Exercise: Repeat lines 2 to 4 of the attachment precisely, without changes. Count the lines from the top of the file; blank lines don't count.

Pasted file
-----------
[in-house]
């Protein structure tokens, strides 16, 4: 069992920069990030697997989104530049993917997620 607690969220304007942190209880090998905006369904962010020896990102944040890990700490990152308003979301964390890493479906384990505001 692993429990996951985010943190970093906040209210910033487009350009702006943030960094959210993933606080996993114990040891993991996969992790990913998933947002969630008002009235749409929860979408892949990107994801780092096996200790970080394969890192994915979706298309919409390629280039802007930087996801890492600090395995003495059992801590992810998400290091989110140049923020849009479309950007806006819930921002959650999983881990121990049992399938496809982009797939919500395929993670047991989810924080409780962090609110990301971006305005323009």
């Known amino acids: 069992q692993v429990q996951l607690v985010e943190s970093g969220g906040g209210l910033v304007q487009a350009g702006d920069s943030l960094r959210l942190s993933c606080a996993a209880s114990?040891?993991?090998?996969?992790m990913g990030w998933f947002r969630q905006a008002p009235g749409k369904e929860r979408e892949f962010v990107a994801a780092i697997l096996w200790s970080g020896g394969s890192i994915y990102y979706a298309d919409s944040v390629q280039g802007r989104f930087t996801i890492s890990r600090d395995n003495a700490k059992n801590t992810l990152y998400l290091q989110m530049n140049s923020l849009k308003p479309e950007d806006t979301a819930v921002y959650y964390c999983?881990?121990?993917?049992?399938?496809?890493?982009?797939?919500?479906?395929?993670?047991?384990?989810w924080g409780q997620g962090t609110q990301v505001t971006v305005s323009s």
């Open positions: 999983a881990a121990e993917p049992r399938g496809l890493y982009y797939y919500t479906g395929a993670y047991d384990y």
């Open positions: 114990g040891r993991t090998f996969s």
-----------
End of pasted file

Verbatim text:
């Protein structure tokens, strides 16, 4: 069992920069990030697997989104530049993917997620 607690969220304007942190209880090998905006369904962010020896990102944040890990700490990152308003979301964390890493479906384990505001 692993429990996951985010943190970093906040209210910033487009350009702006943030960094959210993933606080996993114990040891993991996969992790990913998933947002969630008002009235749409929860979408892949990107994801780092096996200790970080394969890192994915979706298309919409390629280039802007930087996801890492600090395995003495059992801590992810998400290091989110140049923020849009479309950007806006819930921002959650999983881990121990049992399938496809982009797939919500395929993670047991989810924080409780962090609110990301971006305005323009």
């Known amino acids: 069992q692993v429990q996951l607690v985010e943190s970093g969220g906040g209210l910033v304007q487009a350009g702006d920069s943030l960094r959210l942190s993933c606080a996993a209880s114990?040891?993991?090998?996969?992790m990913g990030w998933f947002r969630q905006a008002p009235g749409k369904e929860r979408e892949f962010v990107a994801a780092i697997l096996w200790s970080g020896g394969s890192i994915y990102y979706a298309d919409s944040v390629q280039g802007r989104f930087t996801i890492s890990r600090d395995n003495a700490k059992n801590t992810l990152y998400l290091q989110m530049n140049s923020l849009k308003p479309e950007d806006t979301a819930v921002y959650y964390c999983?881990?121990?993917?049992?399938?496809?890493?982009?797939?919500?479906?395929?993670?047991?384990?989810w924080g409780q997620g962090t609110q990301v505001t971006v305005s323009s």
């Open positions: 999983a881990a121990e993917p049992r399938g496809l890493y982009y797939y919500t479906g395929a993670y047991d384990y």